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Legal ways to back out of a real estate contract

On Behalf of | May 20, 2021 | Real Estate Law |

Signing a real estate contract may give you a sense of security about the transaction ahead of you. If you have looked long and hard for the perfect property and are eager to get to closing day, you may be relieved to have signatures on a contract in which you and the other party have come to an agreement about regarding the terms of the exchange.  

Unfortunately, even a contract may not be unbreakable. In fact, in addition to errors, vague wording and outright breaches, the contract itself may have language that provides a valid out for either party. Skimming a contract before signing it is never a good idea. It is better to take your time and read each term carefully, paying special attention to the fine print where some contingencies may be hiding. 

Contingencies or breach of contract? 

A contingency allows either side to void the sale if one does not meet certain provisions. In Florida, some contracts for real estate have contingencies that are standard, but it is never safe to assume the inclusion of those contingencies in your contract. For example, contracts typically have a grace period of one or two weeks, during which either party may change their minds. You can also include specific contingencies to protect yourself. The following contingencies also may void the contract:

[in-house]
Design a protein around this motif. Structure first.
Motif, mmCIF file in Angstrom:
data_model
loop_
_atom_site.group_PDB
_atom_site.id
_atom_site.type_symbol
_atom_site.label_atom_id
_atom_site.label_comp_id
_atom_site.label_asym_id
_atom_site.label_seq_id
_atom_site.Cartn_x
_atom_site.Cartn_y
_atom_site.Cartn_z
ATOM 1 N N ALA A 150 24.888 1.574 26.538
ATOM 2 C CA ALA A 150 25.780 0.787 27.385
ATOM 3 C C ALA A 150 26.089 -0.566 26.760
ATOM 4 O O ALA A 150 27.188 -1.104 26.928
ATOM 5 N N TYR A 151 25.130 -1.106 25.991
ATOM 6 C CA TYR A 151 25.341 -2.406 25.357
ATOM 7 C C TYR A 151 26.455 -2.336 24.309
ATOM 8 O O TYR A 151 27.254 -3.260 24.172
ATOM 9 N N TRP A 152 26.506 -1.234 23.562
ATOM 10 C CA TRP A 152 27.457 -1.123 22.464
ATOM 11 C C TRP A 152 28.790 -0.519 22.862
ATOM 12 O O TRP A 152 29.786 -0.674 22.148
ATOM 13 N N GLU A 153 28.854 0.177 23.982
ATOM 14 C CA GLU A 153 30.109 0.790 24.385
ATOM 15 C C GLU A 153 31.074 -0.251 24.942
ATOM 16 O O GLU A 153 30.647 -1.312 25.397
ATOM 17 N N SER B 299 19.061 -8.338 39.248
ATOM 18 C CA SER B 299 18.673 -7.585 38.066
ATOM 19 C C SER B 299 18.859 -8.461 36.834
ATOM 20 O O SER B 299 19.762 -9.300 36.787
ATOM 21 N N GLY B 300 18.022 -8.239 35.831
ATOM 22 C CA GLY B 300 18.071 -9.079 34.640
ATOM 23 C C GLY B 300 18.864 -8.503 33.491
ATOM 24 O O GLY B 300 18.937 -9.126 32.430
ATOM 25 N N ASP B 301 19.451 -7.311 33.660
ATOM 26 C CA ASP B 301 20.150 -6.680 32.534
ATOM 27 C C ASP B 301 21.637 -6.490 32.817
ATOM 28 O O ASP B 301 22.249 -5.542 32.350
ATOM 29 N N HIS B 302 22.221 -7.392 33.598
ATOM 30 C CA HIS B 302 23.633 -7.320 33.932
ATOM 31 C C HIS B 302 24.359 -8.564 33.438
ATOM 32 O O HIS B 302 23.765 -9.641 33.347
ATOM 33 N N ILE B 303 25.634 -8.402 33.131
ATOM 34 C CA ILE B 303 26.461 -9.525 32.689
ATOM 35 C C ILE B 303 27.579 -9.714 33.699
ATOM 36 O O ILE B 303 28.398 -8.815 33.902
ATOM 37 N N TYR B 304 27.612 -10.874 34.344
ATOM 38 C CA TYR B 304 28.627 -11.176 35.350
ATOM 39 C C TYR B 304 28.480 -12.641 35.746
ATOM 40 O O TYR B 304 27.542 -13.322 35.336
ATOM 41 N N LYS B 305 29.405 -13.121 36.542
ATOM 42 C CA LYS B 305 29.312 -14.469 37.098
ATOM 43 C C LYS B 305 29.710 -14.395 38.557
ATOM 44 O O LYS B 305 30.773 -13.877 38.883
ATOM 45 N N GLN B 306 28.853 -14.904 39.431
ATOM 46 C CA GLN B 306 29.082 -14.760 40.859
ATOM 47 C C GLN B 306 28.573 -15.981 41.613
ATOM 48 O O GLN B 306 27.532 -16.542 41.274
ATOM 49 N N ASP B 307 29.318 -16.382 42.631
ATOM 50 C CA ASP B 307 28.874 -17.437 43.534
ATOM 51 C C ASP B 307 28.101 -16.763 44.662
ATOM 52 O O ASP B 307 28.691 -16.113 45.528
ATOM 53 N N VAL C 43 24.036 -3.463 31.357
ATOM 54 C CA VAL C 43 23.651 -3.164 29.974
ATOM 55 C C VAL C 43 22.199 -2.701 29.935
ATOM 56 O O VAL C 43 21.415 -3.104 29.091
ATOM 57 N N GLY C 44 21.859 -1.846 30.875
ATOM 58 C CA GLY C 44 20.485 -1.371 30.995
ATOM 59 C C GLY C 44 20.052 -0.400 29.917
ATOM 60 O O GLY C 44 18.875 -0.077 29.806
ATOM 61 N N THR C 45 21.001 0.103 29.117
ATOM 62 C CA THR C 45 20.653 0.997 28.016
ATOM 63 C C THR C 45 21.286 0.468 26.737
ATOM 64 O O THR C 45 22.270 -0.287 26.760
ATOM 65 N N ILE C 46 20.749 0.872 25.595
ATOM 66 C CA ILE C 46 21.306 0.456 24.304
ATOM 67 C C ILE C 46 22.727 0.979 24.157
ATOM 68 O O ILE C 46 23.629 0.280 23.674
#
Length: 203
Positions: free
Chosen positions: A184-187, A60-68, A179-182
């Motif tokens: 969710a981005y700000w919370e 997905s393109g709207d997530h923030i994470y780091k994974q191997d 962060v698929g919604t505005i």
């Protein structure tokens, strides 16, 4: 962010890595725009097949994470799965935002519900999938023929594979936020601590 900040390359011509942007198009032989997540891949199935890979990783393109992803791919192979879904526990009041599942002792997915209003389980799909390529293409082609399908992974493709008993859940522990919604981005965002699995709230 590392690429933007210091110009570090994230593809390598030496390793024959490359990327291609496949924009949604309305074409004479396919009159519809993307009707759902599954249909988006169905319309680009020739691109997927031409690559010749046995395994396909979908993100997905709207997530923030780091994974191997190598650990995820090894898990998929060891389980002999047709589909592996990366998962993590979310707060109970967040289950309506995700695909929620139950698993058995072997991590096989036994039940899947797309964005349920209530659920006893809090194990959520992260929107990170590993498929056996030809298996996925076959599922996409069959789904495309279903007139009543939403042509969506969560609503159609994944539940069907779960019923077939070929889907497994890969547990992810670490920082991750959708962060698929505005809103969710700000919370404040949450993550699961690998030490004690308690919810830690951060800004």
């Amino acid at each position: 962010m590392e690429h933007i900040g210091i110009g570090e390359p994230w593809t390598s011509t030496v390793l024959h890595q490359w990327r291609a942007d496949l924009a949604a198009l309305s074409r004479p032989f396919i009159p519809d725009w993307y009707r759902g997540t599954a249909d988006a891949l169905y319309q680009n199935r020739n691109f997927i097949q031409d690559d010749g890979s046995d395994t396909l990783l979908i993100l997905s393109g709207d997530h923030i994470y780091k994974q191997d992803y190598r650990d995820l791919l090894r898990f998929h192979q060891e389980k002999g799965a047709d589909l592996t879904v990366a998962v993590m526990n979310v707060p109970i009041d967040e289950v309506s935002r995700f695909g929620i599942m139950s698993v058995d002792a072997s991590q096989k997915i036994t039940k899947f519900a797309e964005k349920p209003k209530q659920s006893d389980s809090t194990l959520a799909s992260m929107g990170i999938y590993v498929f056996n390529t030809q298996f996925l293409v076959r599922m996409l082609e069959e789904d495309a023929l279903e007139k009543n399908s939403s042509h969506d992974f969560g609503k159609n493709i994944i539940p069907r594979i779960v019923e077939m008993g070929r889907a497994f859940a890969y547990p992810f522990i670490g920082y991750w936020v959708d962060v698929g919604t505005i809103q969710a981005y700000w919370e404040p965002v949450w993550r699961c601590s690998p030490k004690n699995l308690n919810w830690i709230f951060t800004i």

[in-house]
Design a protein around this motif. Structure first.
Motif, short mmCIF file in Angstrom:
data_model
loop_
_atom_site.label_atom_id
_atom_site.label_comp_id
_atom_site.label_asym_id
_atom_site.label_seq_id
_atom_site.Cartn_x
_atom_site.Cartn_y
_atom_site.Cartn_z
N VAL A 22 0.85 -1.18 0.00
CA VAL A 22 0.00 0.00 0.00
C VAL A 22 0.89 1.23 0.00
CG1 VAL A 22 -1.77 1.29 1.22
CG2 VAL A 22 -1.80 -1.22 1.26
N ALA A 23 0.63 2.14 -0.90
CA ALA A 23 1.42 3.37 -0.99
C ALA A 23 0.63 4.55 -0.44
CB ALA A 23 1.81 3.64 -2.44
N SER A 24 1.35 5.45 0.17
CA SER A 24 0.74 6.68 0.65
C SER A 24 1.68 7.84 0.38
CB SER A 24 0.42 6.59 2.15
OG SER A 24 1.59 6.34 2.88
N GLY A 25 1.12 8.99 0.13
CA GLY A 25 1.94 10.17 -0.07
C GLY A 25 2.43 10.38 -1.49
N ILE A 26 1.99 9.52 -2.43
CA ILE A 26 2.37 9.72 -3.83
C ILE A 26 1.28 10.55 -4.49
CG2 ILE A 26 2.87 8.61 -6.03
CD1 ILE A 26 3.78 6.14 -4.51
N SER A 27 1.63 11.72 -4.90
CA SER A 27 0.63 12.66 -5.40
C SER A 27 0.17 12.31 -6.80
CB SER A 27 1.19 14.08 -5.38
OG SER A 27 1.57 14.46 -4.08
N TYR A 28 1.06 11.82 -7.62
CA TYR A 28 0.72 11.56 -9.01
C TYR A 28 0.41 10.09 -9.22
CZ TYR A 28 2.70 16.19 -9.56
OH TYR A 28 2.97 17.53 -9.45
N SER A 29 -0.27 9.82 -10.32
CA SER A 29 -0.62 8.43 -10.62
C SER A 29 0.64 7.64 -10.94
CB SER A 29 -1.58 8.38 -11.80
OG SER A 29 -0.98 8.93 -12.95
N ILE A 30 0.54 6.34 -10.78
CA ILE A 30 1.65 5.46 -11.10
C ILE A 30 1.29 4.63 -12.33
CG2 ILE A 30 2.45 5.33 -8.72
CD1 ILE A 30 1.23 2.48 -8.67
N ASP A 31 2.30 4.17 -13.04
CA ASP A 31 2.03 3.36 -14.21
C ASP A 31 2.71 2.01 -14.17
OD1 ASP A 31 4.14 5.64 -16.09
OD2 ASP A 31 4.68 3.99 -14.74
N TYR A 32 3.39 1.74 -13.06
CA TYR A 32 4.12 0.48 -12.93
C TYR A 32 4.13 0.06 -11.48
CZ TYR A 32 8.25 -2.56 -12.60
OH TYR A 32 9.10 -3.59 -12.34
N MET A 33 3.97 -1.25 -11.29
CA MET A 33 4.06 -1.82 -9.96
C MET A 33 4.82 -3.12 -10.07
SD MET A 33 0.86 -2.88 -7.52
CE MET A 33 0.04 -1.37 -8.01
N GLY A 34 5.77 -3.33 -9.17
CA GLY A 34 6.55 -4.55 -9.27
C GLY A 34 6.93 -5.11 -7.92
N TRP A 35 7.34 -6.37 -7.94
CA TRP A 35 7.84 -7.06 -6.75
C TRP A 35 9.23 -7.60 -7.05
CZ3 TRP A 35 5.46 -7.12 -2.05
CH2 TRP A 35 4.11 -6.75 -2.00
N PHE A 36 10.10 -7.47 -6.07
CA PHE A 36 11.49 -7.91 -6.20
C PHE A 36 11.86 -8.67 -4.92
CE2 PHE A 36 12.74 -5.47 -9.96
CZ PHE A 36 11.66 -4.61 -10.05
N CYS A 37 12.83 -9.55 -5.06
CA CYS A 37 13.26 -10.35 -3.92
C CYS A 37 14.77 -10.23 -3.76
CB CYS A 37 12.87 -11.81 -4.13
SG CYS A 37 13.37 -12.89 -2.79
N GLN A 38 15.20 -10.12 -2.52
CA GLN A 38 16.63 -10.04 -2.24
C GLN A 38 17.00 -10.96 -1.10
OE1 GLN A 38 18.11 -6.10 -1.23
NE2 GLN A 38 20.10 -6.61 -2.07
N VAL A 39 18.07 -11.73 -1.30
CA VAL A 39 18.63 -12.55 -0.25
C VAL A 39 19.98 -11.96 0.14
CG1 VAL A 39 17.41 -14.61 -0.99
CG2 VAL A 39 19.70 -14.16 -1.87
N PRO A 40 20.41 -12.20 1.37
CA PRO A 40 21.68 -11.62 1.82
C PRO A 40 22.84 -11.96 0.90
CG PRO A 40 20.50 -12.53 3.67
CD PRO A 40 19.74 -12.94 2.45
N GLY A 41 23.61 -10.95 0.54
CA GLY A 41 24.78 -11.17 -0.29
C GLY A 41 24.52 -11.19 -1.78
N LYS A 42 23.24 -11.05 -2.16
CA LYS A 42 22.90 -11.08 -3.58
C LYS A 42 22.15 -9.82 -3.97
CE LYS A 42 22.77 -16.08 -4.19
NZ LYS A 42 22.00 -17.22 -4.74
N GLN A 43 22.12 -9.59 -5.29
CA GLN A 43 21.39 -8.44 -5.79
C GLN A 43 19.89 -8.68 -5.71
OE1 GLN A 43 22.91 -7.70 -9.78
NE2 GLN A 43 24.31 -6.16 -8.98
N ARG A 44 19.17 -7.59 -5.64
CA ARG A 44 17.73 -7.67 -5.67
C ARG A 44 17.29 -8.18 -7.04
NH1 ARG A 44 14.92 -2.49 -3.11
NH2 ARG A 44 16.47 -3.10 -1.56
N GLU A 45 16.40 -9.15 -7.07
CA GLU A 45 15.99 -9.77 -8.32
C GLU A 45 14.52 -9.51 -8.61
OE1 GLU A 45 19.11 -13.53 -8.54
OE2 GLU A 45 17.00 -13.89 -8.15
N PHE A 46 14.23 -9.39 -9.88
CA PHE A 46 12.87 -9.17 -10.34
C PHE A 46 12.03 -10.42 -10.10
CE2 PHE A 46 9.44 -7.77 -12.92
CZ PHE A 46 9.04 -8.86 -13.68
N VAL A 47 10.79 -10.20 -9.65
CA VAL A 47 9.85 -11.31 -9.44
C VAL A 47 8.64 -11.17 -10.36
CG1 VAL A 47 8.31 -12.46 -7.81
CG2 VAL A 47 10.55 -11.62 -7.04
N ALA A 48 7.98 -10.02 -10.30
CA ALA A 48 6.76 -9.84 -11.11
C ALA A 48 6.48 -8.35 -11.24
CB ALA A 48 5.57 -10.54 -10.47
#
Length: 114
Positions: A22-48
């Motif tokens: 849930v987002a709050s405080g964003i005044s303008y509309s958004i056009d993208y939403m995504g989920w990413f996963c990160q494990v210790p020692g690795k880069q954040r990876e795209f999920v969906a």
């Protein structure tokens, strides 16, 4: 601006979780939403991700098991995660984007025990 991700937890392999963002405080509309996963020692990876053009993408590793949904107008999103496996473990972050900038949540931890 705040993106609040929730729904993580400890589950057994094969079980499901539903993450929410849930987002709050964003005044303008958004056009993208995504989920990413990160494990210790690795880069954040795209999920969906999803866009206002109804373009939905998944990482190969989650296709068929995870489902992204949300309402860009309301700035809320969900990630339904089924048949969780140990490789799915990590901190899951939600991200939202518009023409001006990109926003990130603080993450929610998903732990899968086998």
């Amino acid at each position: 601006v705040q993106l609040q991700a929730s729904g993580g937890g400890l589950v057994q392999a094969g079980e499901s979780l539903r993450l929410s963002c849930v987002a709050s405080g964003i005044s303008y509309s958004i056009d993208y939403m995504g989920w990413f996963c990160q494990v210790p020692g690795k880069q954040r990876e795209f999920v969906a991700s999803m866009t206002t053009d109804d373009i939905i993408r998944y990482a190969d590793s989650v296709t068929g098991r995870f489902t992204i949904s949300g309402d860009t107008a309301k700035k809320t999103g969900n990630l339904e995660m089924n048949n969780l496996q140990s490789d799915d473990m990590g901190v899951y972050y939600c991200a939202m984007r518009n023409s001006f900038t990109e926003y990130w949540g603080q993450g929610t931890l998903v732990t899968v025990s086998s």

• There are clouds on the title, such as liens or others besides the seller who may claim ownership of the property. 
  • Your financing for buying the property falls through, you can’t get a loan for the interest you specified in the contract or your lender goes bankrupt. 
  • You discover the sellers have failed to disclose material defects about which they knew, such as previous flood or fire damage.  
  • The property inspection reveals costly flaws; for example, issues with the foundation or termite activity. 

Of course, you may be able to make a case to void a real estate contract if you discover something neither you nor the seller knew about. For example, the state may plan to build a freeway near the property, or county zoning changes may be in the works to allow a factory across the street.  

However, if the other party breaches the contract without a fair contingency or fails to disclose significant defects on the property, this may leave you with a home that is dangerous, expensive to repair or even uninhabitable. While it may be disappointing to void a contract before completing the transaction, it can be devastating to complete the sale and only then discover the other party’s violation of your rights. 


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